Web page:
8. A tornado didn't take out an oil rig.  

Hoax-Slayer | Hoax-Slayer

The original photo was taken by an amateur photographer named Fred Smith. Fred was capturing the lightning he could see from his backyard, which overlooks a lake, and he lucked out when he captured a water spout forming. Later, someone added an oil rig to the photo and captioned it with "Not what you want to see."

9. There is no such thing as blue watermelon, aka Japanese moon melon.

The Museum of Hoaxes | The Museum of Hoaxes

The original post even went so far as to provide the scientific name for the fruit ("asidus"). But ultimately, it's just photoshopped. There are some fruits — like black currants and elderberries —that come in shades of blue, but none of them are melons.

10. Baby polar bears aren't small enough to fit in your hand.

Pinterest | Pinterest

They're definitely this adorable, though! This picture is actually from a sewing pattern to make a tiny teddy bear. The pattern can be purchased on the TSminibears Etsy store. This thing is adorable and I'm actually pretty impressed with how realistic this teddy is!

11. This castle sitting precariously on an island is pure photoshop.

Pinterest | Pinterest

The image says the castle is in Dublin, Ireland. For one, it's a little too tropical-looking to be plausible. The real photos were found, and the image is a combination of Lichtenstein Castle in Germany and an island in Thailand known as the James Bond Island after it was featured in The Man with the Golden Gun.

12. The forgotten temple of Lysistrata doesn't exist.

Roadtrippers | Roadtrippers

It's fun to imagine that it does though, because it looks both architecturally impressive and totally serene. In reality, it's just another image mashup. The image combines the Pantheon in Rome with a famous image of the Benagil Cave in Portugal.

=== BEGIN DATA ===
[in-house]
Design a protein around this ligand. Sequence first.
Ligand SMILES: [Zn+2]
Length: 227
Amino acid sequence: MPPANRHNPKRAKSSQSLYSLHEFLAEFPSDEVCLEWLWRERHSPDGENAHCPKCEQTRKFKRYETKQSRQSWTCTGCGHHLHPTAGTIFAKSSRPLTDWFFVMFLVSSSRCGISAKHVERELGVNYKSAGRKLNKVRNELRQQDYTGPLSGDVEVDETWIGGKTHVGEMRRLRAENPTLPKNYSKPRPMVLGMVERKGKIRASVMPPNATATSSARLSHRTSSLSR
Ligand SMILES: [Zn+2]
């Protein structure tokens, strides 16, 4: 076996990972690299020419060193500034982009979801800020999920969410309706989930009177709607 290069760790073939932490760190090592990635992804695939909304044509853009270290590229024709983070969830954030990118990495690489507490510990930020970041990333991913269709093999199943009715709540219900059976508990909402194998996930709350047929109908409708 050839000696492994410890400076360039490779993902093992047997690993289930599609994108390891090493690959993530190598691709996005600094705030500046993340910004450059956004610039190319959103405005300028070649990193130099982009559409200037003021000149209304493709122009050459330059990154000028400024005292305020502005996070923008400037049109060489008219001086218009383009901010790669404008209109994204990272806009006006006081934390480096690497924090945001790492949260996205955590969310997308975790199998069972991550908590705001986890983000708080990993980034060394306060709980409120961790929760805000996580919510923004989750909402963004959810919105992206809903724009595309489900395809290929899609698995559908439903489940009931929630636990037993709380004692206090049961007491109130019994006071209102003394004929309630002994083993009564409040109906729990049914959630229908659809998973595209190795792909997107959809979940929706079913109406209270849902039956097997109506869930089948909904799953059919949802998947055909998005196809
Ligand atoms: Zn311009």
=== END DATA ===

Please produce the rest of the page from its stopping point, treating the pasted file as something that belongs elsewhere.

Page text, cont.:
13. The Venice canals did not freeze over.

ThoughtCo | ThoughtCo

It has only happened twice, ever! Once in 1929, and again in 2012. But this viral photo combines a picture of Venice's Grand Canal with a photo of ice on Lake Baikal in Russia posted by Daniel Kordan in 2013.

14. Marilyn Monroe and Elizabeth Taylor didn't hang out in a park wistfully looking off into the distance together.

Twitter | @historyinmoment

It's yet another example of — you guessed it! — photoshop. It's a mashup of two separate photos of the women. The photo of Elizabeth was taken in 1948, while Marilyn's photo wasn't taken until 1950.

15. These two siblings hugging are neither orphans nor victims of the 2015 earthquake in Nepal.

Twitter | @nasonnguyen

In reality, the photographer, Na-Son Nguyen, posted on Twitter that he had taken the photo in Vietnam in 2007. He also told BBC that the children's parents were working in a nearby field, and the kids only looked frightened because they were nervous around strangers.

16. Obama was not in Texas serving victims following Hurricane Harvey.

Twitter | @MyLobeTalks

While the photo is real, it's actually from 2015 when the presidential family served a Thanksgiving meal to homeless and at-risk veterans in Washington.